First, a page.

A globally available platform for pre-cruise notification and post-cruise reporting will assist in opening access and expediting benefit sharing for MGR in ABNJ, as well as benefiting marine scientific research. Given the vast size of ABNJ yet to be studied by marine scientists, such a rationalization of global cruise effort will benefit marine science and humanity overall. The United Nations Educational, Scientific and Cultural Organisation’s (UNESCO) Intergovernmental Oceanographic Commission’s (IOC) International Ocean Data Exchange (IODE) Oceanic site offers a suitable platform for notification of science cruises in ABNJ internationally, although this site currently lacks details for cruises beyond 2016 (Table 1). It provides the architecture for pre-cruise and post-cruise notification, possibly with some modifications such as a mechanism to search for cruises by geographic area5, to act as a clearinghouse for announcement of future cruises and for information on past cruises. Ideally, this clearinghouse would be integrated with existing systems for cruise notification rather than a new standalone system. Alternatively, a public private partnership, such as with the Ocean Data Platform (ODP6) might also work well, or integration between IODE, ODP, and other networks such as DOOS.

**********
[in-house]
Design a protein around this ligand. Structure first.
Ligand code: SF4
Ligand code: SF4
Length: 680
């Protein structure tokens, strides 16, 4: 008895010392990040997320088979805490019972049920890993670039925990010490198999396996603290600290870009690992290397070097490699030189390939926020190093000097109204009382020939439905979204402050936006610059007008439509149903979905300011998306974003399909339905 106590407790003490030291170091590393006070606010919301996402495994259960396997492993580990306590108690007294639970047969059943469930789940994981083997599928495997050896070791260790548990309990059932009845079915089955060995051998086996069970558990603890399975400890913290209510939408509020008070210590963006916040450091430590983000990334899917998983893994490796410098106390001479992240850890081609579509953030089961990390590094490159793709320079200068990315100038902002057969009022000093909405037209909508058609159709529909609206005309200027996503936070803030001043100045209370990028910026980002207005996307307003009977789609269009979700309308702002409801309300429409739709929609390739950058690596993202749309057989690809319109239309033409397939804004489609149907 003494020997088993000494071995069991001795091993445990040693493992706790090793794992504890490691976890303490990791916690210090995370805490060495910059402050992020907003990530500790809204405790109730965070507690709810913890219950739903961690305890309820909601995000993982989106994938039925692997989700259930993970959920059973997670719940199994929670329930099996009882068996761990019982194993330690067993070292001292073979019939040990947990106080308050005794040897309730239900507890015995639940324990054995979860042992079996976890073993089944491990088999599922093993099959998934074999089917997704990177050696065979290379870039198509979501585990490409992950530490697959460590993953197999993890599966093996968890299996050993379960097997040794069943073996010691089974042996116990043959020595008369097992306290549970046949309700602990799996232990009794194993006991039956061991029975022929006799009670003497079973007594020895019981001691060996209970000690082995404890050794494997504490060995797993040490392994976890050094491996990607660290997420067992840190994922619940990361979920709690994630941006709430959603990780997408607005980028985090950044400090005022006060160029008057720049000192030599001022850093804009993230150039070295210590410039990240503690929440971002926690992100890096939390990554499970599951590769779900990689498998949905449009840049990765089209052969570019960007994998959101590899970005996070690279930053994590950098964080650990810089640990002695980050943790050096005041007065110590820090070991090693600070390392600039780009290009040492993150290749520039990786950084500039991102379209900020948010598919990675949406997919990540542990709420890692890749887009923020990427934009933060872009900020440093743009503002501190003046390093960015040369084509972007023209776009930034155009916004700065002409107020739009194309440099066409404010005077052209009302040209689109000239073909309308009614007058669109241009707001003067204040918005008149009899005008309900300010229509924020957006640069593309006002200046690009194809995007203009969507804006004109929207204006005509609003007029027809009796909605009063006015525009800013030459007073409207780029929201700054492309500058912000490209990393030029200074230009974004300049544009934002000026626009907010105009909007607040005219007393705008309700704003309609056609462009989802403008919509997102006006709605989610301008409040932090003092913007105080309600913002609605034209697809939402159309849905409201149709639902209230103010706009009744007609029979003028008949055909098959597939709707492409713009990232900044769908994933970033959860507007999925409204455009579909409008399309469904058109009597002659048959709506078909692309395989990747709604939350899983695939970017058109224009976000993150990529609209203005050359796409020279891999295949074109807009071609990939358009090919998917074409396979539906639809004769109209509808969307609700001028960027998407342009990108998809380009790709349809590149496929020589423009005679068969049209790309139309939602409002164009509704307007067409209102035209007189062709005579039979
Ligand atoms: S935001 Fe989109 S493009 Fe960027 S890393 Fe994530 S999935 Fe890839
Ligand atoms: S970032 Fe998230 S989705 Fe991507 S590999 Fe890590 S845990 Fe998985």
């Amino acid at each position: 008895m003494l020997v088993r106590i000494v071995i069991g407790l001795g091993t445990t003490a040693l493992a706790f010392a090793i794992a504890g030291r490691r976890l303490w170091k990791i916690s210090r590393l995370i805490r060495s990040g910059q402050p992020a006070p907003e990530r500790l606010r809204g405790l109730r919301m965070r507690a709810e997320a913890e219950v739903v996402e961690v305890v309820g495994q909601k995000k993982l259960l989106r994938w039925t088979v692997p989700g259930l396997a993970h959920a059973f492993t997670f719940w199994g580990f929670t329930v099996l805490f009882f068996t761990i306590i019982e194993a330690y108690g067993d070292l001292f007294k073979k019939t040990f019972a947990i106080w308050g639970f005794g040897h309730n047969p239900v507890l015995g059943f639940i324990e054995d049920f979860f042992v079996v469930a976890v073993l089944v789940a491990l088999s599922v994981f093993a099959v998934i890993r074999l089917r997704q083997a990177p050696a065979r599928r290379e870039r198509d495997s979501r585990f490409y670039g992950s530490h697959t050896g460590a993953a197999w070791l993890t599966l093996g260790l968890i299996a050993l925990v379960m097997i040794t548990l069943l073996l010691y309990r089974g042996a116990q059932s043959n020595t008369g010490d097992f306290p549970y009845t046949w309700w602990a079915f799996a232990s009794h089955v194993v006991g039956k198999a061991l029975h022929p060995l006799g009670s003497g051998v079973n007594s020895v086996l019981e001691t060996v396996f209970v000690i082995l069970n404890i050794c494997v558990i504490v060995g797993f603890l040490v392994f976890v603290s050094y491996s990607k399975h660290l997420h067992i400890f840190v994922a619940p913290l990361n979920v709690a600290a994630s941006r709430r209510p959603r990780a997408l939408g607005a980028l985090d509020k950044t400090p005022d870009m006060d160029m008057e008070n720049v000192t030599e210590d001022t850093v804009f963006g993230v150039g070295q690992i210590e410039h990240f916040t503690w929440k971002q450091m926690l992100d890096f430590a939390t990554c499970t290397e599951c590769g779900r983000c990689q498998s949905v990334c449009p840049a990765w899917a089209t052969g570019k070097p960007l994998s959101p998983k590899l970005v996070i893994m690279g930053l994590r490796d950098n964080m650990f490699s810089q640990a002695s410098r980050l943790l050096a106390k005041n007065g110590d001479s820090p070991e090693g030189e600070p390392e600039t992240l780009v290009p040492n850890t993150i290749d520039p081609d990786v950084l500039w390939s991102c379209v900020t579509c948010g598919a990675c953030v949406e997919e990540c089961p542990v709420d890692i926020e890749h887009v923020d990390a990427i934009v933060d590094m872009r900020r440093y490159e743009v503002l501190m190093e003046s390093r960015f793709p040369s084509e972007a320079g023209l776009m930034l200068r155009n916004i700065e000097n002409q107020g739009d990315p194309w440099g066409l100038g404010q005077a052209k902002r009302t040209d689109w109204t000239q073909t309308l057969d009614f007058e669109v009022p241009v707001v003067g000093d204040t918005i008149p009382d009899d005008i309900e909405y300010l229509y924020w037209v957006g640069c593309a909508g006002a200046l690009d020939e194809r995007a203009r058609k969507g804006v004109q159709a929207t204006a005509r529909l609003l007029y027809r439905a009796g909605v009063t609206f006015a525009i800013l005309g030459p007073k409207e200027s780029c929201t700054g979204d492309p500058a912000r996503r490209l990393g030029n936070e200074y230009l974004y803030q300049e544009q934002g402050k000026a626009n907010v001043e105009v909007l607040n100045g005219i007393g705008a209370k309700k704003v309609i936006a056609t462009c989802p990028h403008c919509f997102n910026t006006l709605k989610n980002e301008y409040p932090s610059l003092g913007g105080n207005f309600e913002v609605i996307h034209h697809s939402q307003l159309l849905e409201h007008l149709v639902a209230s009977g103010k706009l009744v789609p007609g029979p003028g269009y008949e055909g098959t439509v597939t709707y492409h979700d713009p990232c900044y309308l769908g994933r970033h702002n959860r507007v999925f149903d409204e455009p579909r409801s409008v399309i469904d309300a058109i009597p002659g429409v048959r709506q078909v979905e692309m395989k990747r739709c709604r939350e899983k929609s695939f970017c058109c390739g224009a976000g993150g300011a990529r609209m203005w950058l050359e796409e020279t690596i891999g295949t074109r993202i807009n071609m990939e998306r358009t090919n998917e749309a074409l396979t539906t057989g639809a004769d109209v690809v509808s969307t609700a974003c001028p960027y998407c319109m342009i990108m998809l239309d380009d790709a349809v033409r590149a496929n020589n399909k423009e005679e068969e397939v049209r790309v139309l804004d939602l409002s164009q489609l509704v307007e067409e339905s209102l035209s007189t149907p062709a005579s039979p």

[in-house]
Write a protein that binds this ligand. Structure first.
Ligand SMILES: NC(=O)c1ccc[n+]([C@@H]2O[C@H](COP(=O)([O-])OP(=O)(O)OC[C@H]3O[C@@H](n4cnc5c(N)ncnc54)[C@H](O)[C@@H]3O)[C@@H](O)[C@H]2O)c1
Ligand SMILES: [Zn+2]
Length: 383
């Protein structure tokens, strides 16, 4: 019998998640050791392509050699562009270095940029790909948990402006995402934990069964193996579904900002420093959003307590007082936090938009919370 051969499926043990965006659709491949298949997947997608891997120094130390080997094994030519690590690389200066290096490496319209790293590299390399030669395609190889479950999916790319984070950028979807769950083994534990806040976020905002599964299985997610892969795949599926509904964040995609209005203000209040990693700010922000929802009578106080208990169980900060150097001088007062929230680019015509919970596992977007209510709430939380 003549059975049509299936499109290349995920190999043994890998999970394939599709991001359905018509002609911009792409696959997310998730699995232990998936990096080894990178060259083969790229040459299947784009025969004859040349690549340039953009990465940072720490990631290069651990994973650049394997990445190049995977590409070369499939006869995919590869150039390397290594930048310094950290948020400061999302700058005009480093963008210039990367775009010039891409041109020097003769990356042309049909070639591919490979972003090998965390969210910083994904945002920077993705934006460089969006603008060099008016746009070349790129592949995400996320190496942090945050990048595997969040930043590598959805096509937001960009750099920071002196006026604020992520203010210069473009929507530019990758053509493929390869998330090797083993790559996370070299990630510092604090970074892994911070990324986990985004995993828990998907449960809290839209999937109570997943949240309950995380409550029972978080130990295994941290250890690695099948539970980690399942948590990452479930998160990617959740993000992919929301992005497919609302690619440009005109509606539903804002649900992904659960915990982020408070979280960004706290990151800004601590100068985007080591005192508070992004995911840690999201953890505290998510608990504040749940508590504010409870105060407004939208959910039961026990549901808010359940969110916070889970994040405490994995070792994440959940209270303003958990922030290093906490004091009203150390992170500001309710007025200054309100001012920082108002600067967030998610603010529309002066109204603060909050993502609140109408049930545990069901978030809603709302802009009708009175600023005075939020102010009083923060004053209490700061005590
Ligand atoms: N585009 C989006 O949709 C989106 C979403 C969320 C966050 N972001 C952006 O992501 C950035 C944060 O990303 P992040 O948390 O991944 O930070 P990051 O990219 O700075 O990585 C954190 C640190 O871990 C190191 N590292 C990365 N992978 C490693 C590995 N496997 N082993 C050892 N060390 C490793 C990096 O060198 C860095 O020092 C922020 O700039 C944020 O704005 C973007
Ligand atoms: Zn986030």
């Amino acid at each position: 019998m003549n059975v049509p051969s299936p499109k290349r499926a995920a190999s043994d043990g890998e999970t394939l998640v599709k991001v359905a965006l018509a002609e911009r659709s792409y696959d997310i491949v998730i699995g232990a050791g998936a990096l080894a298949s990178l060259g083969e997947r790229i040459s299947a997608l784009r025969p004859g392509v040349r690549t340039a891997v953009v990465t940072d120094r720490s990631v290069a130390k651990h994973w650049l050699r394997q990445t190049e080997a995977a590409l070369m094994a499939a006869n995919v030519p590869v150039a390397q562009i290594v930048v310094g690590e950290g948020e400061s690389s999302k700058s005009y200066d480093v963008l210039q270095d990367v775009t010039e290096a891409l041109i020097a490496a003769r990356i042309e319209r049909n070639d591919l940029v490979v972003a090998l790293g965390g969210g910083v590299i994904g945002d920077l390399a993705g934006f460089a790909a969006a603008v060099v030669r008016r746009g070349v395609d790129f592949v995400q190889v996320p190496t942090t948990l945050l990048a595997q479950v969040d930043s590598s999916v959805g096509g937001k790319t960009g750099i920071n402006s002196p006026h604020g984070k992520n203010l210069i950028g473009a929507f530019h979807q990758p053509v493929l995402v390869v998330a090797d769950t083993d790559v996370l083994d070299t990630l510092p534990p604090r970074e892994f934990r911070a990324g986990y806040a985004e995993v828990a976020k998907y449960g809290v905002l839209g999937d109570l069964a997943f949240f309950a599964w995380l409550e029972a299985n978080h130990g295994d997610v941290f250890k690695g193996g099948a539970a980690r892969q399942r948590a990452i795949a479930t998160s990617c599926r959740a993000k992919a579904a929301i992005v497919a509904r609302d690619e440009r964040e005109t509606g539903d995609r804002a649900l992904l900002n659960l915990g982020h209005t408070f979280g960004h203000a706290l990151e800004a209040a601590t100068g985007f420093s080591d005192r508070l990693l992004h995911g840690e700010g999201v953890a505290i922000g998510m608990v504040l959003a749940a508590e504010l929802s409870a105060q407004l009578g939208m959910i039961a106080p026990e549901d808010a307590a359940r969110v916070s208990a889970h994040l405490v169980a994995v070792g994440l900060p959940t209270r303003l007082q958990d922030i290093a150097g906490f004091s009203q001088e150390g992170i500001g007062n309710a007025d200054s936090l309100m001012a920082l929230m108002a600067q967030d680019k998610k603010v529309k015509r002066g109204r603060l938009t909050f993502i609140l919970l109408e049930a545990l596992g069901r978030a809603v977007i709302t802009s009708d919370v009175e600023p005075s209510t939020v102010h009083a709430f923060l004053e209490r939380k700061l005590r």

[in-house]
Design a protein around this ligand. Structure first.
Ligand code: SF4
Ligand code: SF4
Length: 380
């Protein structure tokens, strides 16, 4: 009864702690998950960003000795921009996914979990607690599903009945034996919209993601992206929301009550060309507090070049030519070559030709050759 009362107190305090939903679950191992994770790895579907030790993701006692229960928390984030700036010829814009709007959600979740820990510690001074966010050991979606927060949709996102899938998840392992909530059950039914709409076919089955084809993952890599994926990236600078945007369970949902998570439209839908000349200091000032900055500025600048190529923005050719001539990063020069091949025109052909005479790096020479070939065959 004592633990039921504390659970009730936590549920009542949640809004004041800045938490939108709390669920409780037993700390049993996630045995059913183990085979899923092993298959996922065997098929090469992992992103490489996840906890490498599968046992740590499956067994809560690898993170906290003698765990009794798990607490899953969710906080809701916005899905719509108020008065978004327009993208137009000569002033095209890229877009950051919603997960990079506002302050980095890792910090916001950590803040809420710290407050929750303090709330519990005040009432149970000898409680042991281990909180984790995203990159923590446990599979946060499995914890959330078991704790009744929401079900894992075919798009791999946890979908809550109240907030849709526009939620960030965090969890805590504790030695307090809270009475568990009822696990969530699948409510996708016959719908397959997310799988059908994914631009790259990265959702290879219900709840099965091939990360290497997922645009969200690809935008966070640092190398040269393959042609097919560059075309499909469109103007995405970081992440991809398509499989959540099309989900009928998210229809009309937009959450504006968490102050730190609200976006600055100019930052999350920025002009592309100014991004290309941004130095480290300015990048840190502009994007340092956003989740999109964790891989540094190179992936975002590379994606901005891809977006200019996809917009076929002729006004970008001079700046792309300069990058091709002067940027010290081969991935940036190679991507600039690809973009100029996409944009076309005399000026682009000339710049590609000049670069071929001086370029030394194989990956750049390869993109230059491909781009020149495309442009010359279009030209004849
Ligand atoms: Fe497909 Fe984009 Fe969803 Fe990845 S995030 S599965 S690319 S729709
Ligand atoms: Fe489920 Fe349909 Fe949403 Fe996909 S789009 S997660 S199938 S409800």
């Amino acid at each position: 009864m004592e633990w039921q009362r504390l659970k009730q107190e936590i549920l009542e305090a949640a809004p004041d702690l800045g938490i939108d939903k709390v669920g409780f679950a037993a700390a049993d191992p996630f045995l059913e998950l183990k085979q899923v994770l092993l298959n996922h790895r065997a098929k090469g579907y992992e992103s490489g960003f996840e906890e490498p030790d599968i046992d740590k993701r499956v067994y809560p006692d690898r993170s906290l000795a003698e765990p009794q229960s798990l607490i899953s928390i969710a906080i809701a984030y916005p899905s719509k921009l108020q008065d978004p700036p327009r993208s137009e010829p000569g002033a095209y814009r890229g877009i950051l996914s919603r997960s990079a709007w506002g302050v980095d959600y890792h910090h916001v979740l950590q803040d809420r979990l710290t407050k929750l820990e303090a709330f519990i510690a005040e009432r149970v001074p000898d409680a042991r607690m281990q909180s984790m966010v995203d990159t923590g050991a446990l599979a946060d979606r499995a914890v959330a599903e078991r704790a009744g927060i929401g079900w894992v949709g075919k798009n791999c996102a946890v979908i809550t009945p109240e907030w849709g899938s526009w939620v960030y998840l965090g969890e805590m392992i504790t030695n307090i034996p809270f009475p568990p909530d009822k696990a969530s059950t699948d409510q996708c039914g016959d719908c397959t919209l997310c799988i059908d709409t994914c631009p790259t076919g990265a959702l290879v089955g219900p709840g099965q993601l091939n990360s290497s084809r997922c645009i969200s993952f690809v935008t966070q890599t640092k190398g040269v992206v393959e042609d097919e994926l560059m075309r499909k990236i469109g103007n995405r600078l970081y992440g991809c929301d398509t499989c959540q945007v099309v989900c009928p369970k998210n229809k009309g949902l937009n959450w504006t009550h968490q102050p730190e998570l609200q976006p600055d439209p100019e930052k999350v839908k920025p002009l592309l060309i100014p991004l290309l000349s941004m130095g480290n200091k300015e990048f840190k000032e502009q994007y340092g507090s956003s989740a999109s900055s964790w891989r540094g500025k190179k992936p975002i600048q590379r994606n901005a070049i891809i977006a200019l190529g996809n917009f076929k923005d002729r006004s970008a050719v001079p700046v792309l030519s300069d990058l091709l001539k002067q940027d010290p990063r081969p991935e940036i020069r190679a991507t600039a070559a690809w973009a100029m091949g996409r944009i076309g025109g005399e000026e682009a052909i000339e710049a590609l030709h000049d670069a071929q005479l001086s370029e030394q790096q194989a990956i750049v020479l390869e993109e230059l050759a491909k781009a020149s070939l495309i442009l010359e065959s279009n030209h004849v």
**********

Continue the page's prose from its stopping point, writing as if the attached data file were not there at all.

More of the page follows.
Many sites for cruise notification contained broken links to other addresses reportedly holding cruise information or gaps in information, such as providing schedules for some vessels and not others. This inconsistency suggests a need for increased rigor to meet requirements for advanced cruise notification and for providing details of past cruise activities. This requires consideration of: (a) resource requirements to maintain the information flows and (b) buy-in from national focal points to whom the scientific community would provide the cruise details. Creating a system where it is a requirement that all principal investigators for scientific cruises, both publicly and privately funded, fill out an online form comprising the basic cruise information or relevant data would be an easy means to achieve this.
Where sensitivity exists regarding security for specific research vessel fleets, a system of notification of publicly and privately funded future science projects in ABNJ could be initiated that does not provide specific cruise dates, the vessel and ports of call, and instead outlines the science activity and region of operation. Security concerns regarding advanced cruise notification, however, must be considered in the context of real time positional data provided by many vessels for reasons of maritime safety. Most research vessels can be tracked in real time via their Automated Identification System (AIS) on the Marine Traffic website7 with some exceptions (e.g., some Chinese research vessels).